Phew! Sorry for the delay but I was worn out from our two-day trip to Morelia. We left early Tuesday morning and stopped in a few small towns on the way to the city. Morelia is the capital of Michoacan and roughly four hours from Zihua. We stayed in a hotel right on the historic plaza and spent the afternoon touring the city. We had dinner with Ibis' aunt then watched the results from Super Duper Tuesday before bed.
There have been several times in my life when I've stumbled upon new technology in an unexpected place. The first time I saw a self check-out line at the grocery store in Lexington, Kentucky, and now I've seen some high-tech crosswalk signs in Mexico. Chicago has lights that count down how many seconds you have left to hustle across the street before you get mowed down by oncoming traffic, but Morelia goes one step further. Their signs have the typical white walking man but he's animated and he runs faster and faster as the time gets closer to zero. By the time you get to zero you better be sprinting.
Wednesday morning we left early for the three-hour drive to El Rosario, one of four national butterfly sanctuaries. Butterflies, you say? Yeah, so did I but my mom really wanted to see them (something about a book called 1001 Things to Do Before You Die - this is one of them) and Ibis had always wanted to go, too. I was more excited for the hike. My dad opted out due to conflictions with the elevation and his lungs, so he waited in one of the restaurants down below. Morelia is roughly 6000 feet above sea level and the highest point of the hike was close to 10,000 feet above sea level. The hike itself took over an hour and my heart was racing from the elevation - fortunately they sell bamboo walking sticks so I didn't topple over. I've gotten used to small children selling things everywhere you turn but they had a new gimmick high in the mountains - they sing! Three children no older than five years old ran alongside us for several hundred feet, singing in hopes of a tip.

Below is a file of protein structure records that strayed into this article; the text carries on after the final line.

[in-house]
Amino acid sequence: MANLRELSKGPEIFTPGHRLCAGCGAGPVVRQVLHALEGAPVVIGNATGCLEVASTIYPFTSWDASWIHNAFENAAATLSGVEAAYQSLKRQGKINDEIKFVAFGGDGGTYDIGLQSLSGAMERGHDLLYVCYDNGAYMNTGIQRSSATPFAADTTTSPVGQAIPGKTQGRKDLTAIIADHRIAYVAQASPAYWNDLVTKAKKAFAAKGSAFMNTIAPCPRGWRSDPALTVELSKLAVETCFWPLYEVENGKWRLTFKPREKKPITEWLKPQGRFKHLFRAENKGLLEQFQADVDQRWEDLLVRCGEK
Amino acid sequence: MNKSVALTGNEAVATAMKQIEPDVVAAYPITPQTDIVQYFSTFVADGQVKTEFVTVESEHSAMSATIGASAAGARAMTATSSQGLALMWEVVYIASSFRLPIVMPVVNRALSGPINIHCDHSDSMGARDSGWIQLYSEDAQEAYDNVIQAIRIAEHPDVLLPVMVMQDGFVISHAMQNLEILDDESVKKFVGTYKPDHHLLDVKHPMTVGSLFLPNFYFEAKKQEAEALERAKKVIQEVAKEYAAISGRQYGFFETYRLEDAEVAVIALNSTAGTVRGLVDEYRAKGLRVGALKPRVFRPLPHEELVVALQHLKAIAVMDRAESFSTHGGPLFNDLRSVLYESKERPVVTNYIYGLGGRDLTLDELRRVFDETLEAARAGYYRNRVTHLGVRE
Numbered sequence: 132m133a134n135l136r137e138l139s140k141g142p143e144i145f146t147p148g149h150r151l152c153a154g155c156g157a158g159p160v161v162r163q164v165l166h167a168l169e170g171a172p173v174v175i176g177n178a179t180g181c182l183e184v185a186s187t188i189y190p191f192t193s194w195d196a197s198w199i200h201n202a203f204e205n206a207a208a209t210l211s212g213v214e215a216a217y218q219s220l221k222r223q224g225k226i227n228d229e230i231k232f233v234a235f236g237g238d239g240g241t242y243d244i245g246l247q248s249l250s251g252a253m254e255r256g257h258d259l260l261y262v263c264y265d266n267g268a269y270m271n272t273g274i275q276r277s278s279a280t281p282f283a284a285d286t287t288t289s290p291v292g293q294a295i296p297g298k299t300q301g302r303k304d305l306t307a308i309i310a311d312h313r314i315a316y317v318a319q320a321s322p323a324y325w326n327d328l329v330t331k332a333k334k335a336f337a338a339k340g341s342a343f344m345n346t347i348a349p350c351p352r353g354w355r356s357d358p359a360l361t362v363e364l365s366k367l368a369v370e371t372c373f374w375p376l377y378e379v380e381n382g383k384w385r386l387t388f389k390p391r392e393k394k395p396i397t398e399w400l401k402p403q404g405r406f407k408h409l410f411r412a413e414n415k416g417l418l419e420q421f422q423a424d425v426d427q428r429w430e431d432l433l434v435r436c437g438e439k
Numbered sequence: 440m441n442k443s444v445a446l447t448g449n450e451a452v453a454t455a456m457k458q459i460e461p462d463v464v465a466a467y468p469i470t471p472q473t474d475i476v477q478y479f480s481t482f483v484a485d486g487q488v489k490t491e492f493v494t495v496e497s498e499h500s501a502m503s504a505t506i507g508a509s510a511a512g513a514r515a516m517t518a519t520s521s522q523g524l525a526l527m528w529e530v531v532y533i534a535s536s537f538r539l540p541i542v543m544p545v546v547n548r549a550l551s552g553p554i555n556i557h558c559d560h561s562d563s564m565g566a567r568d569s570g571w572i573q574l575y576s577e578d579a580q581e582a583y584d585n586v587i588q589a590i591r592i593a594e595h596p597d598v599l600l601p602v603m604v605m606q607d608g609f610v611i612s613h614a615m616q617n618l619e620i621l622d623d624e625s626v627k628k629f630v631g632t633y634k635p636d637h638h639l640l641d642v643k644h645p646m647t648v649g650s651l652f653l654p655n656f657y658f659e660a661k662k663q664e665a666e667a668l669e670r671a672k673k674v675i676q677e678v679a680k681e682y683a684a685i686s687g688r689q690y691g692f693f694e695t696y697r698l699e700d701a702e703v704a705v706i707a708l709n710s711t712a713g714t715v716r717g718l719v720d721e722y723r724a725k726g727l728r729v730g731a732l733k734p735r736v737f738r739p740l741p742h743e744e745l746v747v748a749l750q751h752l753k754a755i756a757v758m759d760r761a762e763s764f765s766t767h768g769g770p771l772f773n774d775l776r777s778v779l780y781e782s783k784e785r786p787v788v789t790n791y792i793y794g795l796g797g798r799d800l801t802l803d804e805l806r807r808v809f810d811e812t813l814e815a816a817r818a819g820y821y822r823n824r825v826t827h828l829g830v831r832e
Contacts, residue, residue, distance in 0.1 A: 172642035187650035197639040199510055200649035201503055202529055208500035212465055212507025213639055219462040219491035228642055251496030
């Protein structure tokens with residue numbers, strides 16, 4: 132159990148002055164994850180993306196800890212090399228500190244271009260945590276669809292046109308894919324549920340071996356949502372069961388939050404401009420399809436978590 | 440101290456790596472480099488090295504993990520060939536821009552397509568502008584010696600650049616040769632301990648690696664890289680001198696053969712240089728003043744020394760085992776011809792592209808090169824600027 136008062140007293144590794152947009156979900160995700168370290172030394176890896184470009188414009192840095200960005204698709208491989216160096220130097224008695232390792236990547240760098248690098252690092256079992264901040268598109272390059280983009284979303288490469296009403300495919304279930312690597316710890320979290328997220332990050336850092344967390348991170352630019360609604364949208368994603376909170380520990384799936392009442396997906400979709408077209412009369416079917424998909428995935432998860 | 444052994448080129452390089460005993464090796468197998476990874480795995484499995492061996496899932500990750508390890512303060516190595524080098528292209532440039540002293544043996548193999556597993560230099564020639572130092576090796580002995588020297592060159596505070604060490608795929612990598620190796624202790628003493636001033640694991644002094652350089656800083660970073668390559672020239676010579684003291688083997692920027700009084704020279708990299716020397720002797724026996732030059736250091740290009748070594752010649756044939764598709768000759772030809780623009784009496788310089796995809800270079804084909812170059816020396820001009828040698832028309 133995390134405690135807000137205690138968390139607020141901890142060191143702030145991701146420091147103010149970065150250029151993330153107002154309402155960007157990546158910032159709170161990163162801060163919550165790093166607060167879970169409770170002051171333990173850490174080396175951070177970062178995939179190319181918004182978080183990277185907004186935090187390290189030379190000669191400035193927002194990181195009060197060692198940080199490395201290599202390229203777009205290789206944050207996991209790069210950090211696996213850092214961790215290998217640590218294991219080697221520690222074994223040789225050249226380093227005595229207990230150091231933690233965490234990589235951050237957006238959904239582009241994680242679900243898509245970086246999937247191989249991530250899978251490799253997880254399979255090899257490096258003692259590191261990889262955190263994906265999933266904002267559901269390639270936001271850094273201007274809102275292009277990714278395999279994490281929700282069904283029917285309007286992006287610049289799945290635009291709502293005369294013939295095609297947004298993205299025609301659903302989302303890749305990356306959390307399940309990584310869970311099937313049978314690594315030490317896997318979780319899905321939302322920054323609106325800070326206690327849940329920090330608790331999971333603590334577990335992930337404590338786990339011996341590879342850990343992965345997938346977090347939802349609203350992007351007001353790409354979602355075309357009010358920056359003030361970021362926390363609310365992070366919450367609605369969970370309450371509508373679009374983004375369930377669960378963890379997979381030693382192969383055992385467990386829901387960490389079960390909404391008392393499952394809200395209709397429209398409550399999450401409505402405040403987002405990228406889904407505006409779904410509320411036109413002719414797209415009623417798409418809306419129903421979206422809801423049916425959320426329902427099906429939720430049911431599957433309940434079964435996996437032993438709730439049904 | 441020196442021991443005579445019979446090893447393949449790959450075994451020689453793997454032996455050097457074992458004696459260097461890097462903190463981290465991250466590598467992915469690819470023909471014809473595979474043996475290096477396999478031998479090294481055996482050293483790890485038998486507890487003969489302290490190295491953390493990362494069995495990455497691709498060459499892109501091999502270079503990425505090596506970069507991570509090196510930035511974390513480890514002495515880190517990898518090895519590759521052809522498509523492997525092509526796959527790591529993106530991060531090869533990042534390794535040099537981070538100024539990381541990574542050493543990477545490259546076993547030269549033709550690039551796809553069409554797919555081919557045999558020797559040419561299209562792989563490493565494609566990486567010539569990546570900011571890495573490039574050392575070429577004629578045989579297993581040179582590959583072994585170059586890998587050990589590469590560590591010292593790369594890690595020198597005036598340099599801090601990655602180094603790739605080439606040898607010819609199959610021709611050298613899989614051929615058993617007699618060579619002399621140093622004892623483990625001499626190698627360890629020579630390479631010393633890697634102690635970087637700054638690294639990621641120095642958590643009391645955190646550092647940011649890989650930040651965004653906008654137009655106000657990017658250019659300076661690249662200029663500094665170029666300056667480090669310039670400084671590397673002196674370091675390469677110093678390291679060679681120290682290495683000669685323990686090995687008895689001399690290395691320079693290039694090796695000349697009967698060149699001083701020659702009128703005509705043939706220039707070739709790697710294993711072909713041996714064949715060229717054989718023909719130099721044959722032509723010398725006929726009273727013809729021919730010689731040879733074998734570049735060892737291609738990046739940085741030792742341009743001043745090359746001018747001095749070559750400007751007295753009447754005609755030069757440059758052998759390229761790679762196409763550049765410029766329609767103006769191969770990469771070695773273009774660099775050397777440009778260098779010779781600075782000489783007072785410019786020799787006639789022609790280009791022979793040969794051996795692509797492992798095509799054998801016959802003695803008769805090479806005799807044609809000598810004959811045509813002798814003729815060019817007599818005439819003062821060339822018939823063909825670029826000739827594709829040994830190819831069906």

The butterflies themselves were much more impressive than I expected. Millions cover the trees and fill the air. You had to watch your step because they were everywhere - we were on their turf, after all - and several flew right into my head. I've heard people have been so moved by the experience that they weep; we didn't cry but it was worth the trip. We weeped a little when my mom lost her wallet, but that's another story.
By 3pm we were ready to head home with only the Sierra Madres standing between us and Zihua. One thing you may not know about me is I tend to get carsick, so mountain driving while riding in the backseat is not my idea of a good time. My beloved husband claims he gets sicker than me so he bumped my mother to the back with me. We stopped every couple hours to eat and gas up; Mexico only has one gas company, Pemex, and their bathrooms are usually very clean, so at least that part of the trip wasn't too bad.
We had dinner in Huetamo, the city where Ibis was born, then settled in for the last four hours of the drive. The two-lane road twists through the Sierra Madres, each turn offering a new surprise. We saw dogs, cats, rabbits, skunks, two bobcats (one alive, one dead), horses, cows and many burros, all startled by the bright lights when we burst around a bend. There are no street lights and the road has no shoulders, so the ride was anything but smooth. I was nauseous for most of the ride and spent a good 45 minutes hoping for a driveway or something where we could pull over. Finally, a small town with a bus stop and the entire car piled out to watch me throw up. Gotta love a supportive family.
We made it home at close to 3am, nearly 1000 kilometers under our belt. Yesterday was very quiet and today we're going to the beach for the afternoon. We have a sunset cruise tonight, then they leave tomorrow.
Oh! And we've settled on a Christmas present: they're buying us a front door with bars so I can keep the door open and still be safe. That might be my sweetest present yet.